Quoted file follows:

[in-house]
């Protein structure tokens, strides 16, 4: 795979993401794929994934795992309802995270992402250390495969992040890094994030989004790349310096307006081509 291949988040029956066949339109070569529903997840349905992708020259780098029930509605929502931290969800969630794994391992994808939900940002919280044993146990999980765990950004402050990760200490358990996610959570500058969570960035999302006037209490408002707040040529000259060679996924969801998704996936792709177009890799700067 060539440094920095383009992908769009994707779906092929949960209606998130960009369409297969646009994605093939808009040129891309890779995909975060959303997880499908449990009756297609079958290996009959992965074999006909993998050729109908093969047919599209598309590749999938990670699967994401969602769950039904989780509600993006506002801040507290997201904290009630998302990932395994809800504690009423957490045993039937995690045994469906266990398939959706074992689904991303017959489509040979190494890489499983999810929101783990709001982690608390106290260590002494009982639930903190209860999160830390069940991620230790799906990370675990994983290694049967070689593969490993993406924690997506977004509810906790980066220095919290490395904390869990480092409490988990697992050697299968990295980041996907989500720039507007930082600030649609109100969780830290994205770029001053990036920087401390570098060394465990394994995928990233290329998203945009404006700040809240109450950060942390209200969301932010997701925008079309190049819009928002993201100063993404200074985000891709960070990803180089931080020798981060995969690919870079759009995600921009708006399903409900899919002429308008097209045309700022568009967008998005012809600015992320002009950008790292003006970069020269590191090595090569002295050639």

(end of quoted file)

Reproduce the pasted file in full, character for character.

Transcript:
[in-house]
């Protein structure tokens, strides 16, 4: 795979993401794929994934795992309802995270992402250390495969992040890094994030989004790349310096307006081509 291949988040029956066949339109070569529903997840349905992708020259780098029930509605929502931290969800969630794994391992994808939900940002919280044993146990999980765990950004402050990760200490358990996610959570500058969570960035999302006037209490408002707040040529000259060679996924969801998704996936792709177009890799700067 060539440094920095383009992908769009994707779906092929949960209606998130960009369409297969646009994605093939808009040129891309890779995909975060959303997880499908449990009756297609079958290996009959992965074999006909993998050729109908093969047919599209598309590749999938990670699967994401969602769950039904989780509600993006506002801040507290997201904290009630998302990932395994809800504690009423957490045993039937995690045994469906266990398939959706074992689904991303017959489509040979190494890489499983999810929101783990709001982690608390106290260590002494009982639930903190209860999160830390069940991620230790799906990370675990994983290694049967070689593969490993993406924690997506977004509810906790980066220095919290490395904390869990480092409490988990697992050697299968990295980041996907989500720039507007930082600030649609109100969780830290994205770029001053990036920087401390570098060394465990394994995928990233290329998203945009404006700040809240109450950060942390209200969301932010997701925008079309190049819009928002993201100063993404200074985000891709960070990803180089931080020798981060995969690919870079759009995600921009708006399903409900899919002429308008097209045309700022568009967008998005012809600015992320002009950008790292003006970069020269590191090595090569002295050639």